Now, it’s worth mentioning that I’d only had a massage one other time, and it was a deep-tissue one. It was part of a full-day package of spa pampering that Chris had purchased for me the day we got engaged (I will have to tell that story at some point because he did a spectacular job ignoring his twice-a-year romantic overtures rule). Anyway, he didn’t realize it was a deep-tissue massage and I didn’t realize there were so many types – all I heard was “massage” and thought “cool.” Or, as I later amended it: “ouch” and “oh my God, what are you doing with your elbow?”
I was sore for two days.
He’d also neglected to drop a hint that I might want to shave my legs beforehand, but I suppose that would’ve seemed odd coming from him and I’d have known something was up. Still. The spa is one place you definitely want to show up with all your personal particulars taken care of. I kept apologizing to each technician in turn as I made my way around the spa that day, saying I had gotten caught by surprise, but in the end, my explaining did nothing to alleviate the embarrassment factor. (Hey, it was December. And cold. It’s easy to let things go awhile.)
Fast forward to earlier this month and to the assurances that the hot stone variety wasn’t painful; that it was a proper, civilized massage. And fast forward even farther to the end of the massage where I was so blissed out and relaxed that I would have been perfectly happy to remain in that state for perpetuity. Suffice it to say, if you ever get the chance to have a hot stone massage, take it – they are wonderful. The angelic choir is optional.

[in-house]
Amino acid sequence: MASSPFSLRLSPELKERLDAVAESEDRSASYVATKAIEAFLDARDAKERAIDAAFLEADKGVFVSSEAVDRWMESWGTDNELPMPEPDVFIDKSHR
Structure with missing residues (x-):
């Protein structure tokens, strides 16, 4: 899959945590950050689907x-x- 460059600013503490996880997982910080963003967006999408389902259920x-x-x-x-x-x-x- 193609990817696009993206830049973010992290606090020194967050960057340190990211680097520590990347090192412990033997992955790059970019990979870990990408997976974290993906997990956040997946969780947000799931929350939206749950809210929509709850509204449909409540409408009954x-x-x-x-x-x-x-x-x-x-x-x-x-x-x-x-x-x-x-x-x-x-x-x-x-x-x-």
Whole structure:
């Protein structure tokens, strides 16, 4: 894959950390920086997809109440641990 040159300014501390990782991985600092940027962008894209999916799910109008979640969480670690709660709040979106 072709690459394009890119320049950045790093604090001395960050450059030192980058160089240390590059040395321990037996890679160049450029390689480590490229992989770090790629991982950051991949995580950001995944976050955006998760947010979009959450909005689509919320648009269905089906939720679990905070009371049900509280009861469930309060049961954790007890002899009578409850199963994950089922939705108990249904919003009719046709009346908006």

If you’re anything like me and need to reduce (or eliminate) gluten, dairy and refined sugar from your diet, and are always on the hunt for whole-food alternatives for the foods you love, then look no further than these delicious muffins! They taste just like traditional banana bread but without the junky, dietary irritants. Enjoy!
You know all those embarrassing things we do but try to forget ever happened? Yeah, I call those “derp moments.” I’ve racked up quite a few of them in my day, which is why I’ve devoted an entire category to them (and it’s not just for me, I hope I get to share others’ as well!). So, why would I willingly tell things most people try to repress? Because doing stupid stuff is our M.O. as humans, and sharing our foibles is one way we connect with each other. Plus, they’re just plain funny. That’s the benefit of distance, I guess: I no longer feel the embarrassment, I just see the humor.
While watching the men’s Olympic aerial skiing, I did a double-take when one of the announcers mentioned the USA coach was Todd Ossian. It was a name I hadn’t heard in years, but not one I’m likely to forget: I spent a memorable freshman science class sitting next to Todd. (He moved away before graduation, though, so our high school overlap was only the one year.)
Waking up in the morning and feeling the light pressure of something warm pressed against my shoulder. I know that familiar, languid resistance: it’s my cat. I say mine because, of the two, he has adopted me specifically. When I open my eyes it’s to see his sweet, sweet face, peaceful in slumber. My smile mimics his contentment and I reach down and bury my fingers in the silky softness of his fur. He curls towards me with soft grunty noises, and sleeps on.